Claws of the Cat

Image of Claws of the Cat: A Shinobi Mystery (Shinobi Mysteries, 1)
Release Date: 
July 16, 2013
St. Martin's Press
Reviewed by: 

“. . . an intriguing tale with dramatic descriptions and vivid characterizations . . .”

Claws of the Cat is an excursion into 16th century Japan where exotic locales take on a familiar flavor as a samurai investigates a murder in order to protect the Portuguese priest placed in his charge.

It’s the spring of 1563. For two years, Jesuit Father Mateo Avila de Santos has been “. . . granted permission by Shogun Ashikaga to reside in Kyoto and teach religion to all who wish to accept it.”

Mateo is treated relatively well by everyone in spite of being a foreign “ghost,” because “Shinto acknowledges a multitude of divinities . . . They considered the Christian God no threat.”

Matsui Hiro is thought to be a ronin, a samurai without a master. In actuality he’s a shinobi, a member of the warrior caste appointed the priest’s bodyguard. Hiro prefers to let people think he’s something he’s not, calling himself Father Mateo’s translator and scribe.

“A shinobi’s first and greatest defense was misdirection.”

Soon Hiro will need all the misdirection he can get.

At the Sakura Teahouse, Akechi Hideyoshi, a minor noble, is killed in a particularly brutal manner.

Protesting her innocence, the accused, the teahouse entertainer with whom he spent the night, asks for Father Mateo. The victim’s son, a police yoriki, is prepared to dispense justice by killing the girl on the spot.

“We have to do something,” Father Mateo said in Portuguese.
“It is the law, “ Hiro replied. “He has the right to avenge his father.”
“She didn’t kill his father,” the priest protested. “Her death accomplishes no justice.”

Father Mateo defends Sayuri against young Nobuhide, and abruptly finds himself condemned along with her. Using a little verbal fanciwork, Hiro manages to get a reprieve of two days for both the priest and the accused but Nobuhide gives him an ultimatum:

“. . . if you prove Sayuri’s innocence by noon two days from now, I will execute the killer and set her free. But if you fail, I will kill both.”

More is at stake than the priest’s life or the girl’s, however. If Hiro allows Father Mateo to come to harm, he’ll also die.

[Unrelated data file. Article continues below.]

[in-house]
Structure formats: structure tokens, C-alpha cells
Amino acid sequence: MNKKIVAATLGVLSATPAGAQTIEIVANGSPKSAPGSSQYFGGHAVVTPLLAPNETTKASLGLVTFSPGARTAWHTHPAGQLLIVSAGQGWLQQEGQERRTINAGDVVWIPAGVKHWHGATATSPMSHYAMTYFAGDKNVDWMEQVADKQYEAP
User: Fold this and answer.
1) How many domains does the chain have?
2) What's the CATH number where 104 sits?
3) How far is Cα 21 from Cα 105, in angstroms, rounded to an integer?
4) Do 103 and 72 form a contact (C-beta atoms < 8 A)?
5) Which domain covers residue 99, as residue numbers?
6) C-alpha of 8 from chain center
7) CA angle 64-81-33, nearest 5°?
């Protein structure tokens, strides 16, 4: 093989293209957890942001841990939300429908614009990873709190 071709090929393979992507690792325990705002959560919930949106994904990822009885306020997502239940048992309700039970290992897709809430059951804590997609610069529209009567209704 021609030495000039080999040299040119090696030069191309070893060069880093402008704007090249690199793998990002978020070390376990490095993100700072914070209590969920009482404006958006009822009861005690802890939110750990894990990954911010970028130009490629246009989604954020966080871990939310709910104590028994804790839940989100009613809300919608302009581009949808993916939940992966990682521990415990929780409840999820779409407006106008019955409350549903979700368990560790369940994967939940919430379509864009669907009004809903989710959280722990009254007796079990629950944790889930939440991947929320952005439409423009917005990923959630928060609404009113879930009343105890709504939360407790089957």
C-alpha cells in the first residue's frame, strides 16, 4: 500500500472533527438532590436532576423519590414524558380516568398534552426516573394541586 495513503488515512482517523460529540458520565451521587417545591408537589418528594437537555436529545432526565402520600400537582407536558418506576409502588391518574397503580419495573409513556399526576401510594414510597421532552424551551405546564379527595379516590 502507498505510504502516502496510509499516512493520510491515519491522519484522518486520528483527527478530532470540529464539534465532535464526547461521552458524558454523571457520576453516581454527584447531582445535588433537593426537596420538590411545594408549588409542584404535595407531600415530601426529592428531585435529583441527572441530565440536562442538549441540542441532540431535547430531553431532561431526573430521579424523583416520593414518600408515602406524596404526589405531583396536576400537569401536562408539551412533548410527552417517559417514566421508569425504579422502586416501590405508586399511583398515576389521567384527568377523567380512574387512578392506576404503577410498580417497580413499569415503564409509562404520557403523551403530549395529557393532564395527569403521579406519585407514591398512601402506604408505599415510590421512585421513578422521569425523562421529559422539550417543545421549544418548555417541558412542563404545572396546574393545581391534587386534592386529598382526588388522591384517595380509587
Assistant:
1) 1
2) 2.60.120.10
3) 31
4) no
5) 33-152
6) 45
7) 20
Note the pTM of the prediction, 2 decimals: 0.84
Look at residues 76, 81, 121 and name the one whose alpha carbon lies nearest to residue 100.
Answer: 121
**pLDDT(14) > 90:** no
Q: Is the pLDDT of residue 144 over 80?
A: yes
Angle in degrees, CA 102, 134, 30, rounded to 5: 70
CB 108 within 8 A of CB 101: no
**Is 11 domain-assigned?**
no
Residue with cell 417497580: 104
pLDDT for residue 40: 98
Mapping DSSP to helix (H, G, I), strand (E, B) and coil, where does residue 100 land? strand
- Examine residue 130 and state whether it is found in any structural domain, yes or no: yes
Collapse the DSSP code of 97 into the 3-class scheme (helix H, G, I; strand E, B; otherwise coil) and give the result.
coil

“If you die, it means my head.”
“Shogun Ashikaga will understand that I acted on my conscience. I’ll write a letter saying you were not to blame.”
“You overestimate samurai understanding,” Hiro said. “The Iga ryu sent me here, not the shogun, and Iga does not forgive failure.”

On the surface, it appears no one has a reason to want Hideyoshi dead. Hiro’s investigations soon reveal there are quite a few people who’d like to murder the victim. . . .

His brother wants to marry Sayuri and had been buying out her contract at the teahouse. Hideyoshi also wanted Sayuri, and because of that, the arrangement with his brother was cancelled.

There’s a daughter wishing to becoming a kunoichi, a female samurai, and the young magistrate himself. Hiro also discovers Akechi owned the weapon which was used to kill him, a set of neko-te, cat’s claws, placed on the hands and used to stab and rip.

In addition, there’s political intrigue in the form of Hideyoshi’s cousin, Mitsuhide, who has defected to a rival warlord’s domain and may be involved in buying Portuguese firearms to take to his new master. Mitsuhide is currently condemned to die if he returns to Kyoto.

Could it be the Shogun himself had Hideyoshi killed, including him in his cousin’s death sentence?

Warlord Oda may also be a suspect.

“. . . Lord Oda has told the Portuguese Kyoto is not safe…He has promised safety for every trader who locates his warehouse in his capitol . . . if the priest dies . . .”
“Oda will have all the warehouses and all the firearms he needs,” Hiro said.
Kazu shook his head. “Worse than that. Oda will march on Kyoto and the Portuguese will help him take it.”

With only hours to spare, Hiro believes he knows the killer, but can he prove it before both Sayuri and Father Mateo forfeit their lives?

Any story set in a foreign locale appears exotic; a murder in such a place is even more so. Adding to the intensity of Hiro’s race against time in ferreting out the facts of the case, the Japanese mores and customs in general, and those of the samurai in particular serve to heighten the drama.

Author Spann has penned a story set in a time of which many Caucasians are ignorant. It’s an intriguing tale with dramatic descriptions and vivid characterizations, revealing that love, jealousy, and greed not only are universal emotions, but also remain unchanged by the centuries